Hitch your wagon to a star; some "pastrami"

Jim Rader jrader at M-W.COM
Tue Jun 29 11:24:24 UTC 1999

Merriam actually has two cites for <pastrami> from 1936.  One is
from the Springfield (Mass.) Evening Union, Nov. 17, in a column "New
York Day by Day" by O.O. McIntyre (I don't know if this was
syndicated or unique to the Union):

Few celebrities of the New York parade have so completely withdrawn
from the spotlight as Alexander Woollcott.  Conspicuous for years as
a dramatic critic, quondam actor and streak in the Algonquin's
literary pastrami, he is now seen but seldom.

There is also a note by Ed Artin (Merriam's longtime pronunciation
editor) dated Nov. 23, 1936, that is in effect a "field recording":
_pastrami_. Not in Web. even in its literal sense; and it is often
used in an extended sense. Yesterday over the radio the comedian (?)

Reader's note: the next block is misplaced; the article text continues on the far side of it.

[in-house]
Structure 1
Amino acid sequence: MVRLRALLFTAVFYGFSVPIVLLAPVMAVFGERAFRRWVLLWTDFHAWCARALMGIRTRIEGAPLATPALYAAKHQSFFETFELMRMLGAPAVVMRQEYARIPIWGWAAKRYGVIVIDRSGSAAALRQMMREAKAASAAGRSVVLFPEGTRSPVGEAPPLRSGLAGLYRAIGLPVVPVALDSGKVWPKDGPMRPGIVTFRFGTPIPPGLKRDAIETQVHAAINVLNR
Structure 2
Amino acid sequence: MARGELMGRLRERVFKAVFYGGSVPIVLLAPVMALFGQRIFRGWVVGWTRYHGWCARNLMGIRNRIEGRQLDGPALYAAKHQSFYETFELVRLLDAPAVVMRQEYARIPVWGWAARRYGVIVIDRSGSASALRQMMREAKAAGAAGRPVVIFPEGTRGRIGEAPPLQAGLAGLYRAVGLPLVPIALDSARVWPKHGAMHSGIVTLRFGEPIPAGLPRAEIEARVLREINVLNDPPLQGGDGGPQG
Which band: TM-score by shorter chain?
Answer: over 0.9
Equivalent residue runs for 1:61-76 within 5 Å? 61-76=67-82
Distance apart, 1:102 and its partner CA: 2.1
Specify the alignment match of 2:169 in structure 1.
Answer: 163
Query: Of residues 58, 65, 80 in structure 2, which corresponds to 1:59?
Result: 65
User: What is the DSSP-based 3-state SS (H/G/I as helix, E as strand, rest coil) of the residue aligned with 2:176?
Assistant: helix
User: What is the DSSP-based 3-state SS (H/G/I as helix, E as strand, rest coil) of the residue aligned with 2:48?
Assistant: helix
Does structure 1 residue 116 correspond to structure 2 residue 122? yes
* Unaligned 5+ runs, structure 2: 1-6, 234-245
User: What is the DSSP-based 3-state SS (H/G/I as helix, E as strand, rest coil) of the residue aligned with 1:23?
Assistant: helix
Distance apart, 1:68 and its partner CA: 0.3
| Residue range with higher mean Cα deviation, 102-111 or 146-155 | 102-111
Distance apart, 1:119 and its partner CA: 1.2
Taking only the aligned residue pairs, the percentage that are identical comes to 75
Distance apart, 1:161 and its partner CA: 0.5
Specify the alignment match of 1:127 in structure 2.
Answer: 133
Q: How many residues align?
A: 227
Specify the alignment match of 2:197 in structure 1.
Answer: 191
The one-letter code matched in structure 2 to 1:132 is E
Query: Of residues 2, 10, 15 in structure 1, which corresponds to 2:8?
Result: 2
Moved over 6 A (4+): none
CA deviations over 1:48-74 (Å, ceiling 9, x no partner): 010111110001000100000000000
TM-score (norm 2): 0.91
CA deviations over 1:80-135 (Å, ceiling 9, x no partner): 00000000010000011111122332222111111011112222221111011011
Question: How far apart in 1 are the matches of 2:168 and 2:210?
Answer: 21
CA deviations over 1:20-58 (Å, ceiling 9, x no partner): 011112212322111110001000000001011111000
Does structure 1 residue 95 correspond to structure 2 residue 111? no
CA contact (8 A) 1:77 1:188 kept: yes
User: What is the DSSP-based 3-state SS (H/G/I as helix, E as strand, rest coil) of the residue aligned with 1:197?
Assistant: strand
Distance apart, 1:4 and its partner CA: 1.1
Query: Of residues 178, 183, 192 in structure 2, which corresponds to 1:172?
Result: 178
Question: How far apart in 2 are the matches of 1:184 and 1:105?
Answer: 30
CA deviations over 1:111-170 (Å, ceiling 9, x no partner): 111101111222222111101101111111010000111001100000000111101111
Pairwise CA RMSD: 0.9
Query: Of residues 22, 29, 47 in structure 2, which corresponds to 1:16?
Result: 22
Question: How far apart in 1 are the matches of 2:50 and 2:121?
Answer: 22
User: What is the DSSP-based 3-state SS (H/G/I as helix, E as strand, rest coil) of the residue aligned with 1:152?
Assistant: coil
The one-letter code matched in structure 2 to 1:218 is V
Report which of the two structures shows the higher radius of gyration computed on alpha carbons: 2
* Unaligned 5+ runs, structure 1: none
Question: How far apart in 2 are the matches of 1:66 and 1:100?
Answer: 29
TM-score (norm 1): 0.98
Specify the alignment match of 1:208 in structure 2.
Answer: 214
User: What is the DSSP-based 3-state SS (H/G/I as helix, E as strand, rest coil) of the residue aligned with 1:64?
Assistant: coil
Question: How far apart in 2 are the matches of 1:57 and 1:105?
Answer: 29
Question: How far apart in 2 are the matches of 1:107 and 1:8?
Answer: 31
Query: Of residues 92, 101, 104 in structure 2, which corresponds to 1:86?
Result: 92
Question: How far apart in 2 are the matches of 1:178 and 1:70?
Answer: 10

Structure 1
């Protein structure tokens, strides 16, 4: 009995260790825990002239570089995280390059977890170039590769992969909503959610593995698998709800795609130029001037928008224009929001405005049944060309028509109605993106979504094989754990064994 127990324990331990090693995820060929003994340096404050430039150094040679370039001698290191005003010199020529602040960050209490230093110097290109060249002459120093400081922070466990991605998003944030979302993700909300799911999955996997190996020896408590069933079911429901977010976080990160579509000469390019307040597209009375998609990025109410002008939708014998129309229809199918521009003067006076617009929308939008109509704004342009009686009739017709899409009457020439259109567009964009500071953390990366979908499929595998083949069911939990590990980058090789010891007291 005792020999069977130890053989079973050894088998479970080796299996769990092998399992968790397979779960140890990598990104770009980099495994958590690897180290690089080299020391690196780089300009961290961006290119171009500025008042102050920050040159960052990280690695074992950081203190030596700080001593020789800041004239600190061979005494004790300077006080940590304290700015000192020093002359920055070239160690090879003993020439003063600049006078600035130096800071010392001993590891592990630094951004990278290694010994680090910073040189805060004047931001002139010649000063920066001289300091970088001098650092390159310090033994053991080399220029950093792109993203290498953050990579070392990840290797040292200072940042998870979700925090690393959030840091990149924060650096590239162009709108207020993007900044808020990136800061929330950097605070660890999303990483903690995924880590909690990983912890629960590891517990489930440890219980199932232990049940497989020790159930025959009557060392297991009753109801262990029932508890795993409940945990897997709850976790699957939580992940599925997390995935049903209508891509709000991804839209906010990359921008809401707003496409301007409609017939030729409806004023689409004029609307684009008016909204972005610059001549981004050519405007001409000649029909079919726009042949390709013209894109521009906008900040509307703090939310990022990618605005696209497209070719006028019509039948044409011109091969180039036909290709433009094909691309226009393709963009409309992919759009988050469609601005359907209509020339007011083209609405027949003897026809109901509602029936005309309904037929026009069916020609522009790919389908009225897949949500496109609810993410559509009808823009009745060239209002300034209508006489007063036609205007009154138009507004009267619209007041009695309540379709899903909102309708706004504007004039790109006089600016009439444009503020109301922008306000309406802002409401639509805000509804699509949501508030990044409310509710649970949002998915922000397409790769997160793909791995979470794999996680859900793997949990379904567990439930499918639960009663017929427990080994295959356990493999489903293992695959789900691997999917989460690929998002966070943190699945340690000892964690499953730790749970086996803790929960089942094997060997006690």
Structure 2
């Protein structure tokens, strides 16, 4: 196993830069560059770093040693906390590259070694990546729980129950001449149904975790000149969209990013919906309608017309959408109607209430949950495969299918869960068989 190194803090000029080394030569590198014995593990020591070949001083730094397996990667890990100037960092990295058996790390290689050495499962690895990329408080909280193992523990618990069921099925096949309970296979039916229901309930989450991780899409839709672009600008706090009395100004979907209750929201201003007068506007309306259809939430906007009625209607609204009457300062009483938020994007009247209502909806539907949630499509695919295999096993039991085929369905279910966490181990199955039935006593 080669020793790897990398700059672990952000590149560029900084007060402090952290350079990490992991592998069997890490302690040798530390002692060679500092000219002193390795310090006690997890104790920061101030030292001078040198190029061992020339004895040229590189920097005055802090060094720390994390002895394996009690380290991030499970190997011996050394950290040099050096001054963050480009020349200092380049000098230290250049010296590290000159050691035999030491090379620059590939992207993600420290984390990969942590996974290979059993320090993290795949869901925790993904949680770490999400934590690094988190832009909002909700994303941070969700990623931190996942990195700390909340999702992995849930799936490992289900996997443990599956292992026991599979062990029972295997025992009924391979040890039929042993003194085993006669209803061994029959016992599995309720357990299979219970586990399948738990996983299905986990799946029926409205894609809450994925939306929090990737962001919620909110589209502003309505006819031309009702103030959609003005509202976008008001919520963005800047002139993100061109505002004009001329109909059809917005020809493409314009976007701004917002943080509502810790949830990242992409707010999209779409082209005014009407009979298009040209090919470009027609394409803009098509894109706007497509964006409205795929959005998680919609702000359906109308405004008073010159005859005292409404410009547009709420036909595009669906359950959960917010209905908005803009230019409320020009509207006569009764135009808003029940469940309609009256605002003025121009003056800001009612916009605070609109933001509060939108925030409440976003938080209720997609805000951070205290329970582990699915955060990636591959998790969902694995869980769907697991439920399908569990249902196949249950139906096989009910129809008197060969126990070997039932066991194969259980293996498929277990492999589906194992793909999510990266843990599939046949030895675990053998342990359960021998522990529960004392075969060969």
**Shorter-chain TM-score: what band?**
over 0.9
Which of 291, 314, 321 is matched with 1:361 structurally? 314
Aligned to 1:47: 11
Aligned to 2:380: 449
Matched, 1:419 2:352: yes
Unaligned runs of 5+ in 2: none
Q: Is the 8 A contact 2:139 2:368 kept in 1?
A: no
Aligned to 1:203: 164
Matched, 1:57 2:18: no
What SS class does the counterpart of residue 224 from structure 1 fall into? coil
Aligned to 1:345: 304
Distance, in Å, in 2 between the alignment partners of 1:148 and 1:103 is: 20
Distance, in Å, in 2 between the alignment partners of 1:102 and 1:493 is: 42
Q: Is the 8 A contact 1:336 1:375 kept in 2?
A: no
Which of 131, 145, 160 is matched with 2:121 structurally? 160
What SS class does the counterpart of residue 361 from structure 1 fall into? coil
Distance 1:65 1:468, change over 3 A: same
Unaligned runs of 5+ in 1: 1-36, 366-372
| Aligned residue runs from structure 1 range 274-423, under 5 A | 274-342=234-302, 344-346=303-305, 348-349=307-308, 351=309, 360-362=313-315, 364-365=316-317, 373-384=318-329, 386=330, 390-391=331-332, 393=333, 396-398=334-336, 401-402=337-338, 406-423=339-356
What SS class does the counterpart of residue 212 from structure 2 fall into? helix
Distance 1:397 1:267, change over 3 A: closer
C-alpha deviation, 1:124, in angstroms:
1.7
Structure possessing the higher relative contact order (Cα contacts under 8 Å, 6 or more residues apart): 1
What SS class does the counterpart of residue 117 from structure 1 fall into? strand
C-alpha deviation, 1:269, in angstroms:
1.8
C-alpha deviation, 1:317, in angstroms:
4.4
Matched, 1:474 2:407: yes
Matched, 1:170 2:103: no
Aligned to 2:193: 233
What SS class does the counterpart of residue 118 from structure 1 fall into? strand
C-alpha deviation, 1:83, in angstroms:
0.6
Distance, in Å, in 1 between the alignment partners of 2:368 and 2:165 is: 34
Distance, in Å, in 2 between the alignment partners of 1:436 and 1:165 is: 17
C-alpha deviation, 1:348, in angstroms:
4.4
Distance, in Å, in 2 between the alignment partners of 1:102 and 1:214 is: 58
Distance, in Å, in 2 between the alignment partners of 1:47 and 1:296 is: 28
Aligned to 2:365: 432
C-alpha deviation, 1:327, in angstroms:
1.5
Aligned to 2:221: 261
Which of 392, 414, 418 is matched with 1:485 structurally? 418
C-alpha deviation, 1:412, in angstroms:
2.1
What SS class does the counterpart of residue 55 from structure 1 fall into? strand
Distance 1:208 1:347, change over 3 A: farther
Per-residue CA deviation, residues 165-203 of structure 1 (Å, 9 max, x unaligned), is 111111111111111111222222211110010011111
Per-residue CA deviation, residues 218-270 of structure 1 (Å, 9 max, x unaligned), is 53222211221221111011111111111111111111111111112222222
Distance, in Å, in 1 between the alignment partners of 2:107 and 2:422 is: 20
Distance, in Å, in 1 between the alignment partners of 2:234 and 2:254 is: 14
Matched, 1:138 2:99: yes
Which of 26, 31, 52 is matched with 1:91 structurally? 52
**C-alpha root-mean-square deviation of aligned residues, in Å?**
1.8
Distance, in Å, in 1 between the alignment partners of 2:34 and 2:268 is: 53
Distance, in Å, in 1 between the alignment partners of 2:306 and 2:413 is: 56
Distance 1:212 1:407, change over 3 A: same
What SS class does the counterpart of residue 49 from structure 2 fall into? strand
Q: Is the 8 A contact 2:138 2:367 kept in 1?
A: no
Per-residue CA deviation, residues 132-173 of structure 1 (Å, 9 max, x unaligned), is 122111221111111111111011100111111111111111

Walter O'Keefe referred to the song "My Darling Clementine" as "a
piece of pastrami."

Jim Rader

> On Sun, 27 Jun 1999 Bapopik at AOL.COM wrote:
> >
> >     David Shulman told me today that he found a "pastromi" citation from
> > 1927.  As everyone knows, "pastrami" is our greatest etymological mystery
> > since the Reuben sandwich and the Caesar salad.
> Barry and Jim Rader,
> Barry, would you be able to post the details of Dave Shulman's 1927
> citation?  Also, I notice that MW10 gives a 1936 dating for _pastrami_?
> Jim, would you be able to post the exact 1936 citation on ADS-L?  Thanks
> to both of you for any help you are able to give with these requests.
> Fred R. Shapiro

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